With women’s football becoming increasingly popular in the Arab world, it comes as no surprise to see more women taking up refereeing and officiating their games.
And that’s the reason why one Lebanese woman has gone a step further step; Doumouh Al Bakkar has made history after being the first women to officiate several men’s games, after she became one of the leading referees of women’s football in the her country.
Al Bakkar started out as a player before concentrating on coaching. After some time, 2014 would be a turning point in the life of the young Lebanese woman after she attended a “Referees of Tomorrow” training course, organised by Lebanon’s National FA.
On a recent interview with FIFA.com, Al Bakkar was asked how she went from being a player to a coach and finally, decided to be a referee.
“I participated in the “Referees of Tomorrow” course in 2014. It was a new challenge for me in the world of football and I wanted to gain new skills,” she said, “At that time, I liked the idea of taking charge of games, making sure they ran smoothly, and developing myself more in the world of football.”
Al Bakkar enjoyed remarkable success in her new profession, going on to officiate the Lebanese Women’s Cup final several times in addition to the Women’s League final.
She also refereed matches in the qualifiers for the AFC U-16 and U-19 Women’s Championships and the qualifiers for the Women’s Olympic Football Tournament, as well as several women’s tournaments in West Asia and women’s fixtures in Bahrain, UAE, Lebanon, and Jordan.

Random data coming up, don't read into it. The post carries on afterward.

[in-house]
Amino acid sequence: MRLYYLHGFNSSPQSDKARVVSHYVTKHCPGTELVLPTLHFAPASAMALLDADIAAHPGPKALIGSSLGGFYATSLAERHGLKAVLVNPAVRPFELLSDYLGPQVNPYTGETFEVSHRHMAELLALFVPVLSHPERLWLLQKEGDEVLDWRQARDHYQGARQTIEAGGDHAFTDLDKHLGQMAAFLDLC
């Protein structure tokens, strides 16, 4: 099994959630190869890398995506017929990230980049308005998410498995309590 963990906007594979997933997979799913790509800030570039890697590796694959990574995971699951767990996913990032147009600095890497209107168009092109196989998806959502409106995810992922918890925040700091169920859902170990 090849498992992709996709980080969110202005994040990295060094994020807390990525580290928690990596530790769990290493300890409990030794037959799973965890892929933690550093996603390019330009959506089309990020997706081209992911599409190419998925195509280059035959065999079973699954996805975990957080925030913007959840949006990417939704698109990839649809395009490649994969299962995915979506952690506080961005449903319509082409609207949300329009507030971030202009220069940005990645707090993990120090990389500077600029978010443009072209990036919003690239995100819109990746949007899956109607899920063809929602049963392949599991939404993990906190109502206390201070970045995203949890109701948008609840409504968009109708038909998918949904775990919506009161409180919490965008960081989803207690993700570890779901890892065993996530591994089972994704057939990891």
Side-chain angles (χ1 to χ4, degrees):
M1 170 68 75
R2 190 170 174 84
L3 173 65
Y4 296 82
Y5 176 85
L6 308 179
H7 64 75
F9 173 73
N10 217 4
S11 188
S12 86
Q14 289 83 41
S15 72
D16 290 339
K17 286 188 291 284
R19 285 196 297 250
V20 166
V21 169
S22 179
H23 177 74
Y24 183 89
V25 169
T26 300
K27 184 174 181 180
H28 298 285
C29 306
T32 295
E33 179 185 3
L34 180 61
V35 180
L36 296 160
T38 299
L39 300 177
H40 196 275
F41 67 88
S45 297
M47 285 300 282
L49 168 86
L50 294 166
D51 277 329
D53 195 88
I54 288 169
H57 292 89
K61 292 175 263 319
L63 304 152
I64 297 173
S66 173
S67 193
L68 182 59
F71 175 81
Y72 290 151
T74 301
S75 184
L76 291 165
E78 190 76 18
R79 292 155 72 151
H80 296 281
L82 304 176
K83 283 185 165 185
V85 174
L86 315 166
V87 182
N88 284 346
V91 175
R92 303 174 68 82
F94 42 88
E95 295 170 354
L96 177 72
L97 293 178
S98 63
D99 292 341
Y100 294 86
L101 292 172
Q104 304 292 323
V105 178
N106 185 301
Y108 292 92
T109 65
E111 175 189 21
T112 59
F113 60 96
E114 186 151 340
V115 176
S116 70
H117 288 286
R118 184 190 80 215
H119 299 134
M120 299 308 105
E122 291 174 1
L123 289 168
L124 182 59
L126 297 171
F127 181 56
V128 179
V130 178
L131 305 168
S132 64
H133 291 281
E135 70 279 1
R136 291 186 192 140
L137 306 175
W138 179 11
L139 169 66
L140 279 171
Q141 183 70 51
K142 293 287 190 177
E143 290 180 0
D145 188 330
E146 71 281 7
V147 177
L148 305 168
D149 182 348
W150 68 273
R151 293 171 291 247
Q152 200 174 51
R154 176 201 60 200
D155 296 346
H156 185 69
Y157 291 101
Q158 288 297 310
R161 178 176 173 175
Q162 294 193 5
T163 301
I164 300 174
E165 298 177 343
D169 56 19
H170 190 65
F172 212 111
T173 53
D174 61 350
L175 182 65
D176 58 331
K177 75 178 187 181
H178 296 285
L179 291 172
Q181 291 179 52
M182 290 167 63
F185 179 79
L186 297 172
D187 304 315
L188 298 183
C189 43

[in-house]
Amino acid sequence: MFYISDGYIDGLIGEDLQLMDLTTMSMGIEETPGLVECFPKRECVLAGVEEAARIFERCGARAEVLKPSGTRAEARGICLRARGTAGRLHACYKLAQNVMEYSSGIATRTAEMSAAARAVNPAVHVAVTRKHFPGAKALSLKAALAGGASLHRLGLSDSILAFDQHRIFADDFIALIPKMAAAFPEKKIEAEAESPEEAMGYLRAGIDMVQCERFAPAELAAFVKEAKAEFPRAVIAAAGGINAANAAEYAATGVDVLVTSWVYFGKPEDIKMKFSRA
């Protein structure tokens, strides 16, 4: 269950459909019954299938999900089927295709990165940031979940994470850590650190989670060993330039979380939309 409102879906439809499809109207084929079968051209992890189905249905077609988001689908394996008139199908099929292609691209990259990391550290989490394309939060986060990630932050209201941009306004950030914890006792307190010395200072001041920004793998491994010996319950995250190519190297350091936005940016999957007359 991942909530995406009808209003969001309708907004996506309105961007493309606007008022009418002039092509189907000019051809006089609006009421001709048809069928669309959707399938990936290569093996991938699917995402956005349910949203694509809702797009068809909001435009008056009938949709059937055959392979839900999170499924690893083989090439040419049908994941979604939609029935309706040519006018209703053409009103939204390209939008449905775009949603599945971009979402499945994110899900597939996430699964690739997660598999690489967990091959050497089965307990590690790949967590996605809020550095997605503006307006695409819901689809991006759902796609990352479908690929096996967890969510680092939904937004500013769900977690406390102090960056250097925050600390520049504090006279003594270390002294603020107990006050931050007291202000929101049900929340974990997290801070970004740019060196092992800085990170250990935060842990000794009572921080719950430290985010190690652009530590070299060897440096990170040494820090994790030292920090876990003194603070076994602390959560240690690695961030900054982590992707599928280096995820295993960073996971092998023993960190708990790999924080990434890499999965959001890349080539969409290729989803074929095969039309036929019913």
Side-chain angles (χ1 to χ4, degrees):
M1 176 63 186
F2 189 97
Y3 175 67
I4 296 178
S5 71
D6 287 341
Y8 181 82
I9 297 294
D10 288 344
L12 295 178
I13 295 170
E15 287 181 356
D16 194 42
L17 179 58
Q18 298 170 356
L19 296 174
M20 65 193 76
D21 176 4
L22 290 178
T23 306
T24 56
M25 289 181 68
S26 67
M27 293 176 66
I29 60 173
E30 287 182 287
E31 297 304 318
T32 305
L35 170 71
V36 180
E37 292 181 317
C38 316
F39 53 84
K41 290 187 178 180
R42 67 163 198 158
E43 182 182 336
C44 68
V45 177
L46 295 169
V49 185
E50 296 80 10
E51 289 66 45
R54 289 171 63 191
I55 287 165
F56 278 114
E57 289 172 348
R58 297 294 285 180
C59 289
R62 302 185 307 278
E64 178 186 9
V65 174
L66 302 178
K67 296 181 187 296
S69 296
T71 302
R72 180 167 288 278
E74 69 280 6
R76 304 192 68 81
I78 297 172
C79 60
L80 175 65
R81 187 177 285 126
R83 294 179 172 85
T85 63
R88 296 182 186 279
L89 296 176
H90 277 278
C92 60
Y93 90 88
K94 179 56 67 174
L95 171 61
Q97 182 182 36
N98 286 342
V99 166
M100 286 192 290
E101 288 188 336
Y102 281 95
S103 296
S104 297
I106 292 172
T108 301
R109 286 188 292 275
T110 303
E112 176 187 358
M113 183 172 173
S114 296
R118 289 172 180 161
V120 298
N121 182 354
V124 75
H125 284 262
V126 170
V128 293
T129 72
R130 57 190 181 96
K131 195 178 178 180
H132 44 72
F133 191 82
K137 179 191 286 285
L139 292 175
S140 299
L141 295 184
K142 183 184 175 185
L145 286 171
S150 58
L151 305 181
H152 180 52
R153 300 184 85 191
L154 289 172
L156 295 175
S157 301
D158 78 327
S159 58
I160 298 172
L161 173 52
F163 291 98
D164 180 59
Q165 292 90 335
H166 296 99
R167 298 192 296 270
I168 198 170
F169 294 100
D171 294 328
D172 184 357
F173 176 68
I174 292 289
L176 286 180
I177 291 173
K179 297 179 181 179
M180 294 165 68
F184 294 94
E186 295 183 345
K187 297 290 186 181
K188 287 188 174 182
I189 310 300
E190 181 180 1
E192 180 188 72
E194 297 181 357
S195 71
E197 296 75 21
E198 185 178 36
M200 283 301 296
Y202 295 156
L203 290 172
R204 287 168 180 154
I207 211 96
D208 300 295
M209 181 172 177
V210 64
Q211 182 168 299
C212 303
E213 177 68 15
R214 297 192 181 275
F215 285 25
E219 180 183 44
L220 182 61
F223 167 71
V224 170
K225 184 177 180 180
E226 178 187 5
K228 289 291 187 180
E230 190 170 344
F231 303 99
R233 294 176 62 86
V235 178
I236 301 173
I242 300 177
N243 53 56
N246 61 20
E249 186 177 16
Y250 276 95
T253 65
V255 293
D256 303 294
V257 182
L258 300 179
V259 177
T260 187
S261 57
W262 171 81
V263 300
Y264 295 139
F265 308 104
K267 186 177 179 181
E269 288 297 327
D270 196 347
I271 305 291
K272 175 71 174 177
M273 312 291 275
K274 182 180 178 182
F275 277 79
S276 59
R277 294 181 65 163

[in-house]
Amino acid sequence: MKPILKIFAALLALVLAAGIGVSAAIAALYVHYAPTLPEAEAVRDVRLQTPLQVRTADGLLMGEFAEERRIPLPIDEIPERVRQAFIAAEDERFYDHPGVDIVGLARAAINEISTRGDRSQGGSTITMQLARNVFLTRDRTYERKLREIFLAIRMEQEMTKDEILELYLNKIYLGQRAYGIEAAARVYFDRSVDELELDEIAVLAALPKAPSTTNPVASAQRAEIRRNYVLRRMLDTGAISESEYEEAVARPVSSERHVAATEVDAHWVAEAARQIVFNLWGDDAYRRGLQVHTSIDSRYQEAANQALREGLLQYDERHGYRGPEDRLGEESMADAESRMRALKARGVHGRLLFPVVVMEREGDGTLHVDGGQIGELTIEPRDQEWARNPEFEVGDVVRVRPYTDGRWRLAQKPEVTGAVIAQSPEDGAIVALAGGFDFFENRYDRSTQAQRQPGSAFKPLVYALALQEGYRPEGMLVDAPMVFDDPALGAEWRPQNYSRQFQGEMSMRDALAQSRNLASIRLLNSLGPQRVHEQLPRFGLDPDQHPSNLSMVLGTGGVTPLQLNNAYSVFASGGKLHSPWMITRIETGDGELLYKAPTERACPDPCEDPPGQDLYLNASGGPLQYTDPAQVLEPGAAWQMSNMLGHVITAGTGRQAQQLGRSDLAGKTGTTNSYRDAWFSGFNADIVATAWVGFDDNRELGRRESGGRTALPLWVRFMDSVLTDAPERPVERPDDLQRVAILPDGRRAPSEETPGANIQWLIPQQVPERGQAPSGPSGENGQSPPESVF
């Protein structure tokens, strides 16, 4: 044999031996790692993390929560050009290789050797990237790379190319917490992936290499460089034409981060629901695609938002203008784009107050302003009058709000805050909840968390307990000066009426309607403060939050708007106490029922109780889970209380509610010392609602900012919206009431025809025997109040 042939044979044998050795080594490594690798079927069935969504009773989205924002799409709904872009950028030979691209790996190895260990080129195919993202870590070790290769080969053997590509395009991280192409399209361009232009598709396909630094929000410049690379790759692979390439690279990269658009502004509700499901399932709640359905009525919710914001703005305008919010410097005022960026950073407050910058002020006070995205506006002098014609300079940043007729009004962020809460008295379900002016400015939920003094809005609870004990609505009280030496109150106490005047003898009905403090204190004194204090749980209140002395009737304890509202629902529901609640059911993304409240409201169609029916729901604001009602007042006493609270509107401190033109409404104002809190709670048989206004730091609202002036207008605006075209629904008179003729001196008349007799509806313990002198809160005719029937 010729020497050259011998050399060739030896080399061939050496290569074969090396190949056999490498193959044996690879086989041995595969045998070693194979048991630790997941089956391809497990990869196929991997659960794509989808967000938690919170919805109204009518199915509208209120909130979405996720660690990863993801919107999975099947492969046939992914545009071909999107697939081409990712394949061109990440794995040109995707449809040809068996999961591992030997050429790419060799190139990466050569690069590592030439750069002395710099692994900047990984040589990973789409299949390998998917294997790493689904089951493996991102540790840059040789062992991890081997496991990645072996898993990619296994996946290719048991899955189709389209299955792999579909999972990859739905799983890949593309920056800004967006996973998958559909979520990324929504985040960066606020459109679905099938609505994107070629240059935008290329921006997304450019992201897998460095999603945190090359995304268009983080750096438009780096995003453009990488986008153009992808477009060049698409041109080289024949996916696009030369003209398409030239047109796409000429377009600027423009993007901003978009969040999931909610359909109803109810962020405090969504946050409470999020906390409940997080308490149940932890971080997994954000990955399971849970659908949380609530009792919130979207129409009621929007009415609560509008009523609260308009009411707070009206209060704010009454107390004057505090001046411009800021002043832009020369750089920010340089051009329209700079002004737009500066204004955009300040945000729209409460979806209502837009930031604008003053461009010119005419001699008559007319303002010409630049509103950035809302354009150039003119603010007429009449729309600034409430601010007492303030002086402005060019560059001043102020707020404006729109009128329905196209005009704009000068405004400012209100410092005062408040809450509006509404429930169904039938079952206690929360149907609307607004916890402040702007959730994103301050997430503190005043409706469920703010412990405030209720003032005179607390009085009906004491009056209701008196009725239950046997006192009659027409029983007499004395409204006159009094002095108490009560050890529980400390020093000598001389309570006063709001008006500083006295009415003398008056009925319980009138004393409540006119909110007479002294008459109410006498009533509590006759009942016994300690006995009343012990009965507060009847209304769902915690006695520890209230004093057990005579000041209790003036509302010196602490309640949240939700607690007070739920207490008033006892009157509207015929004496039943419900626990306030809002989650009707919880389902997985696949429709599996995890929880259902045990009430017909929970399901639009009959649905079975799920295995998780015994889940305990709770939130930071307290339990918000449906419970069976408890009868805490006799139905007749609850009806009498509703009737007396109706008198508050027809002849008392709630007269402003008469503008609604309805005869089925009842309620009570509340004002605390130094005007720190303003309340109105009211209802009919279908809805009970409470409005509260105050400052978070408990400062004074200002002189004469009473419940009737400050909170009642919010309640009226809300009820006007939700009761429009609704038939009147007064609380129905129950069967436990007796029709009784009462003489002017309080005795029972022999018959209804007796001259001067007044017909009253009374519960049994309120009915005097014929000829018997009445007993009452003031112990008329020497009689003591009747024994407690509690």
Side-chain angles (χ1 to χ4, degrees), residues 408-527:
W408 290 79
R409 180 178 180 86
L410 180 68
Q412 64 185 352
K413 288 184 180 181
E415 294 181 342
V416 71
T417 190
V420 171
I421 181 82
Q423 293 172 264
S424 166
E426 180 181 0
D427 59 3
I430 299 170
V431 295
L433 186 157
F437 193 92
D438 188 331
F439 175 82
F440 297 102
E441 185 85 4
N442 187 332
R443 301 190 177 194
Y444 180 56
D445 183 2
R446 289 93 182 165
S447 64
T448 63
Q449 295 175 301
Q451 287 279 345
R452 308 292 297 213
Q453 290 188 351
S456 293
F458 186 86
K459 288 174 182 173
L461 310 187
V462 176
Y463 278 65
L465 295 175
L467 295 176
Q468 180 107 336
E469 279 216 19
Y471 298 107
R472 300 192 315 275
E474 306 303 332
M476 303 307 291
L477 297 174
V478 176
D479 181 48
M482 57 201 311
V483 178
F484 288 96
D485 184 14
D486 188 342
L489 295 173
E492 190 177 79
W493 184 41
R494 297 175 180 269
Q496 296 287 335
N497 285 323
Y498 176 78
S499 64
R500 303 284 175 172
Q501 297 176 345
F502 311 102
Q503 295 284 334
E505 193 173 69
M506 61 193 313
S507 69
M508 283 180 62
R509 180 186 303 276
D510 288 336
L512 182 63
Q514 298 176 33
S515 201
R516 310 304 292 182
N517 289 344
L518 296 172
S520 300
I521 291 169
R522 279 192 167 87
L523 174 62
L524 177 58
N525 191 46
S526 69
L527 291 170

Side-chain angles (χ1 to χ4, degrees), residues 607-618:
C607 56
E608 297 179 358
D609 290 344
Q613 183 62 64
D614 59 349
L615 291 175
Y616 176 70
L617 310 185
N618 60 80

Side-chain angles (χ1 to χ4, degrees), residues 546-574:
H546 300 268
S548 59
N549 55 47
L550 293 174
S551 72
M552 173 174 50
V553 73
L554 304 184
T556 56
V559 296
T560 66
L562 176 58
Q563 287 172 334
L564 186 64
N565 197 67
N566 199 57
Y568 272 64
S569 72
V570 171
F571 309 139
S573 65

That’s when Al Bakkar’s excellent work earned her an international badge in 2016, allowing her to become one of most prominent female referees in Asia. She then refereed several friendly men’s games in addition to some second-division fixtures and youth tournaments.
She was also asked about the differences between taking charge of women’s and men’s games. Of course, having experienced both, Al Bakkar said:
“Women’s matches are different from men’s in terms of level, player experience and tactics. Football used to be a men’s sport. They therefore have much more experience and play many more games, which has an impact on the standard, performance and playing style.
“This in turn requires more physical effort, a different way of moving around the pitch, and a distinct refereeing style. I wouldn’t say men’s games are more difficult – in fact, they’re easier in terms of reading the game – but they require firm management and a strong personality.”
Al Bakkar believes that her success as a referee will motivate other girls to follow suit.
“I support every girl who loves football and wants to get into refereeing. I never hesitate to offer help and share my knowledge and experience with those I meet to encourage them to follow the same path.”
Finally, asked about her future goals as a professional referee, Al Bakkar concluded by saying:
“We want to represent Lebanon at the World Cup and I hope I can personally do this.
“I want [also] to succeed and make a good name for myself in Asia so that I can referee finals and then take part in the World Cup. However, if I can’t, I’m certain another female referee will make the finals because we’re learning and getting better at the job, and one day the opportunity will arise.
[After all] It’s a long journey that requires enormous perseverance.”
In the end, it’s undoubted that Al Bakkar aspires to make a name for herself internationally and hopes that one day a Lebanese woman will officiate at the FIFA Women’s World Cup, something we all would gladly like to see happen in a near future.